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History – Majella

Majella National Park is rich for the wild nature and also for the historical, archeological and architectural characteristics and remains. Inhabited ever since the Paleolithic era, the Majella conserves important testimonies of this vast period. They have been found in the important sites of Valle Giumentina, Grotta degli Orsi and Grotta del Colle.

The following historical periods brought to the Majella the forms of agrosilvopastoral economy which, together with the diffusion of monastic and obscure presences influenced very much the historical and natural resources. The most important testimonies of this era are the tholos, huts made with stones, and the classic installation of shepherds.

Centralized and fortified inhabited areas are the Castra from Salle, Musellaro, Roccamorice and Manoppello. There are also the mosaic areas as Clemente a Casauria, San Liberatore a Majella, San Salvatore a Majella, San Tomaso a Paterno, Santo Spirito a Majella. The many hermitages dug out of the friable rock of the mountain such as Sant’Onorfio in Seramonacesca, Santo Spirito and San Bartolomeo.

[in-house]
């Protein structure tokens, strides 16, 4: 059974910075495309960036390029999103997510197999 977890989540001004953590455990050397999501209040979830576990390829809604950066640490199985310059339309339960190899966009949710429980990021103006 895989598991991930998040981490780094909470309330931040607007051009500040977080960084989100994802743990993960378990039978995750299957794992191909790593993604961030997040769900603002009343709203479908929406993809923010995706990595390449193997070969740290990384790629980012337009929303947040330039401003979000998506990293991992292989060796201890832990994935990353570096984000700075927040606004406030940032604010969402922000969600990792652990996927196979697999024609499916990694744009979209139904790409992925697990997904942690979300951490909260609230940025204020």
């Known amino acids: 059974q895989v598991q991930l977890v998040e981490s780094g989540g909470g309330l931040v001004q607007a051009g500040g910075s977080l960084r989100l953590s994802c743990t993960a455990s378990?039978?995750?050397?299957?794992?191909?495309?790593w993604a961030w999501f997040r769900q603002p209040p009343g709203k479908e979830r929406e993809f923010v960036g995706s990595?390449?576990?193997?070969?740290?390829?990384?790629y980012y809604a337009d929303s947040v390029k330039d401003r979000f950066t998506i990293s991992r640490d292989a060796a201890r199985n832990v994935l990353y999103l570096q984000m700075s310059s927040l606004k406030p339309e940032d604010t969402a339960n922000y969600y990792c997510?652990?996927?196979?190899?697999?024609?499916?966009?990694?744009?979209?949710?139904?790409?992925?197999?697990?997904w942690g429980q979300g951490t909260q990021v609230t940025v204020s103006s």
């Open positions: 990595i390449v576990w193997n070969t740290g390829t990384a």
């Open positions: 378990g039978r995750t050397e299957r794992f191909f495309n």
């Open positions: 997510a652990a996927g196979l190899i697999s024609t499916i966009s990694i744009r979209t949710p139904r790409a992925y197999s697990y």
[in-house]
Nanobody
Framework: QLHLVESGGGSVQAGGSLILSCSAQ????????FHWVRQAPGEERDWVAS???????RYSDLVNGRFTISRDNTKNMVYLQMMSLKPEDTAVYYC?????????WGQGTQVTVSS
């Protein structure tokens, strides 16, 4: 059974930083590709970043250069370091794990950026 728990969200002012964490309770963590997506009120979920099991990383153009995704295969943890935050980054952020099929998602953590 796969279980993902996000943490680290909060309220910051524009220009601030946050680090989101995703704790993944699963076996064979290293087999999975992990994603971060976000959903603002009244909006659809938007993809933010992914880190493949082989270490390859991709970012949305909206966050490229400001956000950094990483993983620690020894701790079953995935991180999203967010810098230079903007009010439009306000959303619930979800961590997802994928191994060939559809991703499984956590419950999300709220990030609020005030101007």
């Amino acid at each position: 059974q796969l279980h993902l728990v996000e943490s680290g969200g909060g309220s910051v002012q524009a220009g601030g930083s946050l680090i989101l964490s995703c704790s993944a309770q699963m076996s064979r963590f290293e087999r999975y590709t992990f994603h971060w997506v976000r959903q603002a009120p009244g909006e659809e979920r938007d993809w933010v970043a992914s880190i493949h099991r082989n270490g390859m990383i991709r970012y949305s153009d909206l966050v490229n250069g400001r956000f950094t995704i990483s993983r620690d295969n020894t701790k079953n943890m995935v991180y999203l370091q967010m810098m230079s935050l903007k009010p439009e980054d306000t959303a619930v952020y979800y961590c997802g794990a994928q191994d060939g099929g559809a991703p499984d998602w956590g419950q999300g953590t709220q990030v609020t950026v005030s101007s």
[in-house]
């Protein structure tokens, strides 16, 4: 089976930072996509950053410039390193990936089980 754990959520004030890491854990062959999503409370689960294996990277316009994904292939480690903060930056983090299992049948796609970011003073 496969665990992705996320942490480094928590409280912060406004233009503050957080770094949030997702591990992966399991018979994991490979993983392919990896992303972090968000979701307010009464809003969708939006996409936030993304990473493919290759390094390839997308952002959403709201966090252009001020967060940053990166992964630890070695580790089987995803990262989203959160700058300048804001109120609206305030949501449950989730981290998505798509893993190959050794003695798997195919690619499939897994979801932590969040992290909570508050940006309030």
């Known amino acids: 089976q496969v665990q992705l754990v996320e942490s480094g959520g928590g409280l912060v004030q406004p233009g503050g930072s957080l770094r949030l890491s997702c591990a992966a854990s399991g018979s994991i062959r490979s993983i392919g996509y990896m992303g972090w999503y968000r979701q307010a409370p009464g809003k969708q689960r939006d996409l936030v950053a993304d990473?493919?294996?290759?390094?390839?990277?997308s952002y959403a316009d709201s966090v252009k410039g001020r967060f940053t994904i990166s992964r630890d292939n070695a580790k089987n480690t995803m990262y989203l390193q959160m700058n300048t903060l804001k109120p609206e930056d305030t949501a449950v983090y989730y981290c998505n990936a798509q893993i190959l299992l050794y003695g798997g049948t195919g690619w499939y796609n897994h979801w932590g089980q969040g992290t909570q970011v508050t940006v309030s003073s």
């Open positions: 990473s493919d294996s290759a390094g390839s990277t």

When the hermits disappeared, the most impervious areas of the Majella were, for a long time, uncontested rule of bandits and brigands.  The important testimonies left by the latter still exist  such, for example the incision carved into a rock called “Tavola dei Briganti” (the brigand’s table).

Majella is the Park of the hermits, abbeys, tholos and historical centres of Pescocostanzo, Pacentro, Palena and Guardiagrele, the terracotta figures of Pacentro, the carved wood of Pretoro, the lacework of Pescocostanzo the fabric of Taranta Peligna, the copper and iron of Guardiagrele, the jewellery of Sulmona, Pescocostanzo and Guardiagrele.

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